The piece below was written by the late eco activist Tooker Gomberg on Earth Day 2002. He was suffering from severe depression at the time, and this was a private exercise for his therapist as he battled burnout.
It's another strange day for me. Things have been strange for eight months or more. I used to be an activist. Now I don't know what I am. Did you ever read the Kafka story about the guy who wakes up and he has turned into a cockroach? My mind is in a fog. I can't think very clearly. Making a sandwich takes a long time. I have to concentrate on every step along the way, and I am moving very slowly and deliberately. I feel stunned and spaced out most of the time. Today is Earth Day, but I feel I am on another planet.
I have been spending lots of time in bed, mostly sleeping, dozing and dreaming. My mind has melted down, though I am told that it will come back once the depression lifts - whenever that is. For some people it's months or years. Others never get out of it.
But I am writing to you about activism. Amory Lovins, the great energy efficiency guru, once called me a Hyper-Activist. I guess that's what I was. I lived, breathed and focused on activism. It kept me thinking, inspired, interested and alive.
But it also allowed me to ignore other things in life that now, suddenly, I realize. This makes me sad and despondent. I used to enjoy cooking, but stopped. I always liked kids, but never really thought about having kids. Changing the world was more important, and having a kid would interfere.
I didn't develop my mind in a broad way, learning about music and art and theatre and poetry, for example. I never really thought about a career - I was living my life, not worrying about the trappings and credentials of the boring status-quo world.
Maybe I was living in a bubble of naïveté. I never wanted to be "normal" anyway. Maybe it was the tear gas and last summer's smog. Maybe I pushed my brain too hard and over-stressed it with the (pro-Kyoto) passport burning or 20 years of pushing against the juggernaut. Maybe 9/11 firmed up my worries into a real fear that working for change is really dangerous.
It could just be a physiological response to too much coffee. Maybe I've burned out my adrenal glands. Maybe my brain is poisoned from so much thinking about tragic ecological issues and being frustrated by the slow rate of improvement and the rapid destruction of the living world. Could my brain have been damaged when I was close to dying from heat stroke in Vietnam in 1998?
I should have developed a deeper kinship with my family and with people. Don't get me wrong. I had lots of friends and acquaintances in the activist world. But they were not deep friends of the heart. I neglected my heart, and how I was feeling about things. Now that I'm in crisis, I don't really have the language to connect with people. The silence is easier than trying to explain what I'm going through, or to relate to other people's issues or problems.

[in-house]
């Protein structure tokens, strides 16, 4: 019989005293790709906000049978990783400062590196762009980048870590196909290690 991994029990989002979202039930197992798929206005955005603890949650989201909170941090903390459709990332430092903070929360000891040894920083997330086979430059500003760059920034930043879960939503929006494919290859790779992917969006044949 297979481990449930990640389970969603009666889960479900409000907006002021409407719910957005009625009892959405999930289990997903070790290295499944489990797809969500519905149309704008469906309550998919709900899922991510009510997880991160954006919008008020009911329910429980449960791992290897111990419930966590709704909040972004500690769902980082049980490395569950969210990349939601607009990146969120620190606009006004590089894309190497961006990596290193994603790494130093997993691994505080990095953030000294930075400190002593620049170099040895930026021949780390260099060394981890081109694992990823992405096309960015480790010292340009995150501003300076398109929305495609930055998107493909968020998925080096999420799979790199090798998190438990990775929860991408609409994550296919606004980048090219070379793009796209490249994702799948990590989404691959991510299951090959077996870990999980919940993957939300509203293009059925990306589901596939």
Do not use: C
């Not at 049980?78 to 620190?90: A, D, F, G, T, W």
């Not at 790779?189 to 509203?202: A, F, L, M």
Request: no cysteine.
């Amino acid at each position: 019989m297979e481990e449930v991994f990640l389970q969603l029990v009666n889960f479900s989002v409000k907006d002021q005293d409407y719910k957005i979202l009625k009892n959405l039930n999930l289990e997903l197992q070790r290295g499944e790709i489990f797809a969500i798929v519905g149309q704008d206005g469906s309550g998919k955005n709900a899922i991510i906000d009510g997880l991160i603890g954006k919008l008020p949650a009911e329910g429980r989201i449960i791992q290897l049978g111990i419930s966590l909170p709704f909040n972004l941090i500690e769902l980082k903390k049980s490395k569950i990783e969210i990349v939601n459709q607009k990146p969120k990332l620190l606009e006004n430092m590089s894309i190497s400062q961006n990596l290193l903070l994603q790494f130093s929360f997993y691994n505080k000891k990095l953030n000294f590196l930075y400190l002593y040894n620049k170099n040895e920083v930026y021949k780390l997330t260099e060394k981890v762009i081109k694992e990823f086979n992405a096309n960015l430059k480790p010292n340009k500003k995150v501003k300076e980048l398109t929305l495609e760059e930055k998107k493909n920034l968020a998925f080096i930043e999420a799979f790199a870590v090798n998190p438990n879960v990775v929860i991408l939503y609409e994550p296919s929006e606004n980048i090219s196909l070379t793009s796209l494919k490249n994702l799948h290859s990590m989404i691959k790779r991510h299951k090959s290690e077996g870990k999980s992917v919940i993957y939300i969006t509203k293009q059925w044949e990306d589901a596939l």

So what advice can I offer? Stay rounded. Do the activism, but don't overdo it. If you burn out or tumble into depression, you'll become no good to anyone, especially yourself. When you're in this state, nothing seems worthwhile and there's nothing to look forward to.
It's honourable to work to change the world, but do it in balance with other things. Explore and embrace the things you love to do. Don't drop hobbies or enjoyments. Be sure to hike and dance and sing. Keeping your spirit alive and healthy is fundamental.
I never really understood what burnout was. I knew that it affected active people, but somehow I thought I was immune to it. After all, I took breaks every now and then and went travelling. And all my work was done in partnership with Ange, the great love of my life.
But in the end, when burnout finally caught up with me, it was mega. It must have been because of the accumulation of decades of stress and avoidance. And now I find myself in a dark and confusing labyrinth, trying to feel my way back to sanity and calm.
So take this warning seriously. If you start slipping, notice yourself losing enthusiasm and becoming deeply disenchanted, take a break and talk to a friend about it. Don't ignore it.
The world needs all the concerned people it can get. If you can stay in the struggle for the long haul, you can make a real positive contribution and live to witness the next victory!